Othello ~ the Movies

I don’t usually do movie reviews on my blog, but it was necessary that I complete one for my Back to the Classics Challenge for 2014.  So I moved the books on my list around a bit to target a movie that I’d want to watch and came up with Othello.  And instead of watching only one DVD version, I watched four!

Play/Performance:  The first one was a 2008 production by Shakespeare’s Globe Theatre, starring Eamonn Walker as Othello and Tim McInnerny as Iago.  While I liked this production, I would probably term it as adequate.  In Othello, Iago is the hub of the story and I have to admit, McInnerny’s performance was not outstanding.  His lines were delivered with a good amount of monotonal yelling (this could be because the production was performed at the Globe and the actors needed to project), but overall, he acted on one level with very few nuances or investigation into the character. Walker’s performance of Othello was more engaging as he embodied an intensity of character which added to the play.  With a better Iago, I would have given it four stars.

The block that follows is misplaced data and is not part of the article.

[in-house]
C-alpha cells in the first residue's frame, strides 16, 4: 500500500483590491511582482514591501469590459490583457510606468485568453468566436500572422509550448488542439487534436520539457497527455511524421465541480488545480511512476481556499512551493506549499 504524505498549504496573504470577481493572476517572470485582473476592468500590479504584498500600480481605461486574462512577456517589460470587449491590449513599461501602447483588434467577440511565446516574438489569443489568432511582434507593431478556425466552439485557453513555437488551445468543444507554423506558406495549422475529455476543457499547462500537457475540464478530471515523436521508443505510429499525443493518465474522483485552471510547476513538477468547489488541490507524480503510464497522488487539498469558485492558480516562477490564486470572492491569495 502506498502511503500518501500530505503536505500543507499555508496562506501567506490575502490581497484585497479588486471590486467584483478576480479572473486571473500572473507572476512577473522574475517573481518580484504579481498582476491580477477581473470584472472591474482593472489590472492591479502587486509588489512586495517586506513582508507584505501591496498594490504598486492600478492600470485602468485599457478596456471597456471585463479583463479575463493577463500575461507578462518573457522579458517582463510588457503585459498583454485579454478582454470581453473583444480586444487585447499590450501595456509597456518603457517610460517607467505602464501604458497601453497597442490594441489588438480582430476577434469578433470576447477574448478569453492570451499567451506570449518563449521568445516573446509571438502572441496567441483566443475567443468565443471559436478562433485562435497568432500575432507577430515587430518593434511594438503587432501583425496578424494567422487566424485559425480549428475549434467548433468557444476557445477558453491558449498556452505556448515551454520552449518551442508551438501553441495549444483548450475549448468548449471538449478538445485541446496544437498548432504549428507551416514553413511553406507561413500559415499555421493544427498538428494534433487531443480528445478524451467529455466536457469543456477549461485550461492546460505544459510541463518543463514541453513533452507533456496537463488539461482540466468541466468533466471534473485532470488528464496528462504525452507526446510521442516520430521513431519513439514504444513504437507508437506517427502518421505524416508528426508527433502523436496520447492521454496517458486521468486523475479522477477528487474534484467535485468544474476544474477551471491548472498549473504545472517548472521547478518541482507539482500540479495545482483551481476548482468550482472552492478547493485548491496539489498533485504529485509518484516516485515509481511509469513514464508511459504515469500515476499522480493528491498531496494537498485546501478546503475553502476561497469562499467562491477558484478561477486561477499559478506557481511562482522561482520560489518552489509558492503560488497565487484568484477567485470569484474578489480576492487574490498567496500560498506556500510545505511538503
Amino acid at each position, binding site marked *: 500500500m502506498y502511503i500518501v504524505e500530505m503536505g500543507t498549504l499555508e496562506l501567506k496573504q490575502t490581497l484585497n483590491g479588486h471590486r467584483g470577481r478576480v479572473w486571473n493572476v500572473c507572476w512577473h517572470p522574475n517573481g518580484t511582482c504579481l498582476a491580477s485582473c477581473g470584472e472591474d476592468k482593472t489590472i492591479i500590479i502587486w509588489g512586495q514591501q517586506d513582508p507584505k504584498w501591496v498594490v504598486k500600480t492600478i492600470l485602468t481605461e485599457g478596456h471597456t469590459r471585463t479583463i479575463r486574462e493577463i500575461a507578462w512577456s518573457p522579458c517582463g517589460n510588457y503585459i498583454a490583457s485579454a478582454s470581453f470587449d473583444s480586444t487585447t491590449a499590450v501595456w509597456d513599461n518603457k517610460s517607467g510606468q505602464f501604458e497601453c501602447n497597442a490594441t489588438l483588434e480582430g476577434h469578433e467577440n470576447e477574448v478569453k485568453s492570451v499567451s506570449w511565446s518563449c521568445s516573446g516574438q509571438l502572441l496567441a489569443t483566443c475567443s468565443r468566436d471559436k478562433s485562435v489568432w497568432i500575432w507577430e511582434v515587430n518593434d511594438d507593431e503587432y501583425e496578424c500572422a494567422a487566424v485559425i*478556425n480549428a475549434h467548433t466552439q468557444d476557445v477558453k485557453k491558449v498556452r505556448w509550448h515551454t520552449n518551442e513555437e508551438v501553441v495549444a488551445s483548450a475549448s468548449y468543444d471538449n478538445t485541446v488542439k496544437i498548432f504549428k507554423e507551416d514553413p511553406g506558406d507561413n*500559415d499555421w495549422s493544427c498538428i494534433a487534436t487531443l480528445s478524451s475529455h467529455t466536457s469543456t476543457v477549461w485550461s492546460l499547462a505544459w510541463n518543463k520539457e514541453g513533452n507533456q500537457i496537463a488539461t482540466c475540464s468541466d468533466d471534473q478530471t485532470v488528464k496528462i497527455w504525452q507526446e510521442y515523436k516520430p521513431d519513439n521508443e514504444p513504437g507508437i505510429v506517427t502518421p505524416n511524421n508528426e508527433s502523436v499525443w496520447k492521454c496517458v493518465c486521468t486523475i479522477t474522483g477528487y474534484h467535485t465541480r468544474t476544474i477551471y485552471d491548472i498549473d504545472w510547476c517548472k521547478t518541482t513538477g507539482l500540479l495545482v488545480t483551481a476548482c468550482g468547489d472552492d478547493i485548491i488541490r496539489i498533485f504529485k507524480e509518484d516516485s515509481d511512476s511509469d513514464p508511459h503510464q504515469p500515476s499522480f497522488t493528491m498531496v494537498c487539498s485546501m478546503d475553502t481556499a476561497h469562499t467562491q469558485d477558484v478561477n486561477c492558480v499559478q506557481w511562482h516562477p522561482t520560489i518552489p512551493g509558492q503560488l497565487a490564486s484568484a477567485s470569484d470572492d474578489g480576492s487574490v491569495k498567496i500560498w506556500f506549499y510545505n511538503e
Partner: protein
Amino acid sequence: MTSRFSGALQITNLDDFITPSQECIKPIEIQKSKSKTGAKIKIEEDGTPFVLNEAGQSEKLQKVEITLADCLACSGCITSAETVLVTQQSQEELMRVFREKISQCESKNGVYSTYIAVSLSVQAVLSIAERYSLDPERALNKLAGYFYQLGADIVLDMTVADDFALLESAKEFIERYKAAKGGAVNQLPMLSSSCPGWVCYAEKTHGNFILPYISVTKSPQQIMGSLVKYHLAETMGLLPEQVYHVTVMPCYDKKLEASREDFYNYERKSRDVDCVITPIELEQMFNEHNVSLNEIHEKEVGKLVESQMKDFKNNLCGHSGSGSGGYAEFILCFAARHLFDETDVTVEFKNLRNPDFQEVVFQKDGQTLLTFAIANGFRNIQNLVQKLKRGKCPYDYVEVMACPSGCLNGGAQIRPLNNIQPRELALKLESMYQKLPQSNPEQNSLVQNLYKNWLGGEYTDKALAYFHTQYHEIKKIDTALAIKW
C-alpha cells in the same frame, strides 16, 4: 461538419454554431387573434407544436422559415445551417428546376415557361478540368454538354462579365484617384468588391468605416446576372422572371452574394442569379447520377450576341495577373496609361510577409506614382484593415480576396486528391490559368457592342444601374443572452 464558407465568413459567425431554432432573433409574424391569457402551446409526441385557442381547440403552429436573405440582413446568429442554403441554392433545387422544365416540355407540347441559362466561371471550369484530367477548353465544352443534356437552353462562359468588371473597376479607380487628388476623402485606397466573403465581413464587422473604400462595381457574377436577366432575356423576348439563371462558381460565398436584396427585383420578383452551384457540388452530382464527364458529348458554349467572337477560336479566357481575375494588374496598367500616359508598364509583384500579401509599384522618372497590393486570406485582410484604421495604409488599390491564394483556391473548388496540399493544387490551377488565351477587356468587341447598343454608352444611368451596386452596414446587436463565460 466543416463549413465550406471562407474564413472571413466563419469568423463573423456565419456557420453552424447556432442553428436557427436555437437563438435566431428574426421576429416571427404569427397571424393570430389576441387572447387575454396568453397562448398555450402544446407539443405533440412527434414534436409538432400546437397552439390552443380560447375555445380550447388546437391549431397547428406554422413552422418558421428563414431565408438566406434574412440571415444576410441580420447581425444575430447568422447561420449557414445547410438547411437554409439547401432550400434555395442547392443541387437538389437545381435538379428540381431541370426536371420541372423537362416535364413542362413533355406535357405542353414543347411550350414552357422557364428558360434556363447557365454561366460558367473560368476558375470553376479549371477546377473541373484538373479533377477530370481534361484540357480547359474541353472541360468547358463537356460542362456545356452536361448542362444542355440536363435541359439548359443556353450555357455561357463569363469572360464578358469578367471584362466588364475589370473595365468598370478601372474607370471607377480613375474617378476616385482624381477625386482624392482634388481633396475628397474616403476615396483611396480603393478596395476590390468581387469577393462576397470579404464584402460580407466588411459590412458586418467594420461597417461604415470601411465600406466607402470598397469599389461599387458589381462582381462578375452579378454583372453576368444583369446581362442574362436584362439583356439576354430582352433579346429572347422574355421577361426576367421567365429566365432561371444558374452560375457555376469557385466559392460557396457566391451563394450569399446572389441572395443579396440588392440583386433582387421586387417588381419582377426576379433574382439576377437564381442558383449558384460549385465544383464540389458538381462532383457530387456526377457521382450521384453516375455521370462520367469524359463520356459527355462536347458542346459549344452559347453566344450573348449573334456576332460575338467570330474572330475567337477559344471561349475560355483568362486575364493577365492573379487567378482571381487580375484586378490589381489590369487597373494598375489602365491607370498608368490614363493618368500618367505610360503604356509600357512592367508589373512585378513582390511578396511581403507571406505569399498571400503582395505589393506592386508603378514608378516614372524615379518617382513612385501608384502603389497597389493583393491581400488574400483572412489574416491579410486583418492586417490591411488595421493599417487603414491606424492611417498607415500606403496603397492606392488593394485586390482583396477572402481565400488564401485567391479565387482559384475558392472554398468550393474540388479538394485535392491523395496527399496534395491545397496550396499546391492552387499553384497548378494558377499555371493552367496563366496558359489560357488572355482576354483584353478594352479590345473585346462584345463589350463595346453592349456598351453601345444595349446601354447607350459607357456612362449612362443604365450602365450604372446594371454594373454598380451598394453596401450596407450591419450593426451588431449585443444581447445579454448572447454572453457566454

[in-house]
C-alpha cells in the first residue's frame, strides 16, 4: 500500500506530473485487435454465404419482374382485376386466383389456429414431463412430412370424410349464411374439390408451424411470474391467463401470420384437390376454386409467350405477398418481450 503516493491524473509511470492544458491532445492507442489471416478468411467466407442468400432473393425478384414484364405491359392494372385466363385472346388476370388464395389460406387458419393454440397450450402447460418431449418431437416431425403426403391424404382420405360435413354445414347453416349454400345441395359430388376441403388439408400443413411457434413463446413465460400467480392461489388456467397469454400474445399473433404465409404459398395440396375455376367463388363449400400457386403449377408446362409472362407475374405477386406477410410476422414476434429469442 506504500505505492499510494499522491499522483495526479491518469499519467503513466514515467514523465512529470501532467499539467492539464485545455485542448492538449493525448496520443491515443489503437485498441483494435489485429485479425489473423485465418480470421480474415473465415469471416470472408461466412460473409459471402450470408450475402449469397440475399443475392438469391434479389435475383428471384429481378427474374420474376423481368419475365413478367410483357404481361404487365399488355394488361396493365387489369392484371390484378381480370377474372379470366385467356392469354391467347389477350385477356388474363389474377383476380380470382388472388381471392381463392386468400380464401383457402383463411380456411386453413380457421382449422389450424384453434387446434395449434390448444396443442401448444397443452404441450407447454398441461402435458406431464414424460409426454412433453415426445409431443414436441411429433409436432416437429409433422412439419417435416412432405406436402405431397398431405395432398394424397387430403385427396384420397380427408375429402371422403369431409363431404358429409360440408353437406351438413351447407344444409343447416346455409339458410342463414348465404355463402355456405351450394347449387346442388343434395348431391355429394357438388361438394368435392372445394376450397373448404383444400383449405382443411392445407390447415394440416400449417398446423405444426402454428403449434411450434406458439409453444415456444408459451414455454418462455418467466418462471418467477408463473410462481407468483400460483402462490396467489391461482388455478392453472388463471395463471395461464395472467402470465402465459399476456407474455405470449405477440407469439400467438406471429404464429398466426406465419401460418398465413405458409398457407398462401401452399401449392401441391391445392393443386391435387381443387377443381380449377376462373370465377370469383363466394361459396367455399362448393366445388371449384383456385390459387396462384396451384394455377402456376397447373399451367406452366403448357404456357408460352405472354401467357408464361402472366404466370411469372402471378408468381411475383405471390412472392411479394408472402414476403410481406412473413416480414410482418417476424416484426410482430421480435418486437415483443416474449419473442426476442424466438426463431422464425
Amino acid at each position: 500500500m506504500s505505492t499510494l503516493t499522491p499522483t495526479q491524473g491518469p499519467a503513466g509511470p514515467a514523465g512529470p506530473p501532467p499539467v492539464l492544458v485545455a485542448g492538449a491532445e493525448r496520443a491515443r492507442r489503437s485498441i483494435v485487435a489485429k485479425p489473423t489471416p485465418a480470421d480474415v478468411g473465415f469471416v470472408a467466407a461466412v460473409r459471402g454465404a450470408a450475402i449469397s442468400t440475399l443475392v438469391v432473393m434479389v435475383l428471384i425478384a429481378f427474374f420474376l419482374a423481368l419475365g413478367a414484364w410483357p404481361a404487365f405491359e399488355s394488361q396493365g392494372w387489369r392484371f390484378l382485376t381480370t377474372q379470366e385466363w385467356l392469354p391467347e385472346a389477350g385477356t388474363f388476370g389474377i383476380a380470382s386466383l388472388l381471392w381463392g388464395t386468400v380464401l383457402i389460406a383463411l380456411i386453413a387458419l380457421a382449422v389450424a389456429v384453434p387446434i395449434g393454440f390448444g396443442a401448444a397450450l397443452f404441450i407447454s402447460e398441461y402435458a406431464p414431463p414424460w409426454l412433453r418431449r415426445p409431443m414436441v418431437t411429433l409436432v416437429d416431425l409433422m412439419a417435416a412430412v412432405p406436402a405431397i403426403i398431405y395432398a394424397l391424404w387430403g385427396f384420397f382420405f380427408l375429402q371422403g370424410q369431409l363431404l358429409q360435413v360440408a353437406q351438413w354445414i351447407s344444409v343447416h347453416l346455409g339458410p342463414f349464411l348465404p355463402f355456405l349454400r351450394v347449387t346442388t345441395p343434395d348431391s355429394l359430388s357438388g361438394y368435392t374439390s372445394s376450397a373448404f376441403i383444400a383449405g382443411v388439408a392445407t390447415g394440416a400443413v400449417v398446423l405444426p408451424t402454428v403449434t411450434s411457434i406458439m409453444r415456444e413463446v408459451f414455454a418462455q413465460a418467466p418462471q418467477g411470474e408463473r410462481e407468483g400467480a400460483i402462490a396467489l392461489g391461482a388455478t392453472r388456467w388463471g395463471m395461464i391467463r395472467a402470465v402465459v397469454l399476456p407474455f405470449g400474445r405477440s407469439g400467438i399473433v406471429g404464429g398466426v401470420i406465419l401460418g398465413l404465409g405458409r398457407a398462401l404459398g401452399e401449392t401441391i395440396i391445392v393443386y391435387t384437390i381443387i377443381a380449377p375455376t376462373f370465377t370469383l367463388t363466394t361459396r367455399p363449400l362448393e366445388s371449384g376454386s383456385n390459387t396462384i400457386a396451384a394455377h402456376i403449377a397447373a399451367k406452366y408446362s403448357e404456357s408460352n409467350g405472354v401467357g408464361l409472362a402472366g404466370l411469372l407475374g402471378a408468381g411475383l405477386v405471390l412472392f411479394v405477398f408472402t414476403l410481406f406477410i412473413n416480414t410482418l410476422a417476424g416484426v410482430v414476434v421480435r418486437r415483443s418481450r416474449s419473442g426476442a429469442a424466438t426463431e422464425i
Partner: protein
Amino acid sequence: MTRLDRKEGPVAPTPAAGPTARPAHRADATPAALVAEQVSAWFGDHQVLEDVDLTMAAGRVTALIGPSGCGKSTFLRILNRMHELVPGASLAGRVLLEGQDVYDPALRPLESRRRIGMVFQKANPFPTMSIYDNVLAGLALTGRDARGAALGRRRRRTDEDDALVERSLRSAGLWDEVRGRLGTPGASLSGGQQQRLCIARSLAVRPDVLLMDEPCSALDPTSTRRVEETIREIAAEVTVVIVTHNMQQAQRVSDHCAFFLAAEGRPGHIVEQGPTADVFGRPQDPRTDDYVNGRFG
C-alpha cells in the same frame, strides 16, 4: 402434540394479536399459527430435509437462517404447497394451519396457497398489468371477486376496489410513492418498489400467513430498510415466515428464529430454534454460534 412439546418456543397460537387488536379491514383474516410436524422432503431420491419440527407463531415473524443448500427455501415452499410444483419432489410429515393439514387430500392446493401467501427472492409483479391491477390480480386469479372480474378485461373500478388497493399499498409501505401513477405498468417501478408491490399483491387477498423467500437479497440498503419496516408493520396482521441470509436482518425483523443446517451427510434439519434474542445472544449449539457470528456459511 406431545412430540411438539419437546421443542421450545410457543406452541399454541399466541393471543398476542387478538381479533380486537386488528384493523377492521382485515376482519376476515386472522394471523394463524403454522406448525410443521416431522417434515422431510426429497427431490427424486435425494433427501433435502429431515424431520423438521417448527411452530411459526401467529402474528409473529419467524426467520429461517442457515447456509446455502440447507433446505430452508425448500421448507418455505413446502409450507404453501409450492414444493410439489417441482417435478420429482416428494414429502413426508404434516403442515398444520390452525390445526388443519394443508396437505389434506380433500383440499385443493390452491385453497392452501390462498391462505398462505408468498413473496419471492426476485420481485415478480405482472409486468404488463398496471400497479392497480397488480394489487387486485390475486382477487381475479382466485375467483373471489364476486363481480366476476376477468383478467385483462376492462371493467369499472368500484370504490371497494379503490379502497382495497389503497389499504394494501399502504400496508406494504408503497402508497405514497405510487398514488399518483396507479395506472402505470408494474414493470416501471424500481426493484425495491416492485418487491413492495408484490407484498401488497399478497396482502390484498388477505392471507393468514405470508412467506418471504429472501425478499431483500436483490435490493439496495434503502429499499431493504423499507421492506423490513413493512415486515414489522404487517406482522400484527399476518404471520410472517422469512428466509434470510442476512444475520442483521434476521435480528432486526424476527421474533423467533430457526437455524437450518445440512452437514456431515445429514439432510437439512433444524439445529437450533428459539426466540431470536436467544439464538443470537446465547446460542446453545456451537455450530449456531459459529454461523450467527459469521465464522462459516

Rating:  ★★★


Movie:  Next I watched the 1981 BBC Production starring Anthony Hopkins as Othello and Bob Hoskins as Iago.  Needless to say, it was a little hard to see Hopkins as Othello.  He’s quite slight and came across more dainty than I was expecting.  The personality of a forceful Moorish military commander didn’t quite break through and the darkened face was sometimes distracting rather than credible.  However, Hoskins as Iago was fantastic.  He lent just the right charm, teasing, roughness and pathological bent to a character that is as varied as he is hateful.  His performance made the play for me.  Without him, I would have only given it 3 stars.  The character of Emilia was also well performed and her speech to Othello at the end of the play is truly electrifying. In fact, most of the lesser characters gave great performances.

Rating:  ★★★


Movie:  Put me out of my misery.  Honestly, I couldn’t finish this 2008 movie adaptation.  No one gave a stellar performance and the actor who played Iago was atrocious!  Is there a worse word than “atrocious”?  If so, I’d use it.  Carlo Rota played Othello and Matthew Deslippe was Iago.  Too bad they didn’t give him “de-slip” right out of the movie.  Ha ha! …… Okay, that was a bad joke!  In any case, he delivered his lines woodenly, yet also like he was struggling to fit them into a comfortable syntax.  I’d never heard of him before as an actor, and now I perhaps know why.  It just wasn’t worth my time to complete watching this one.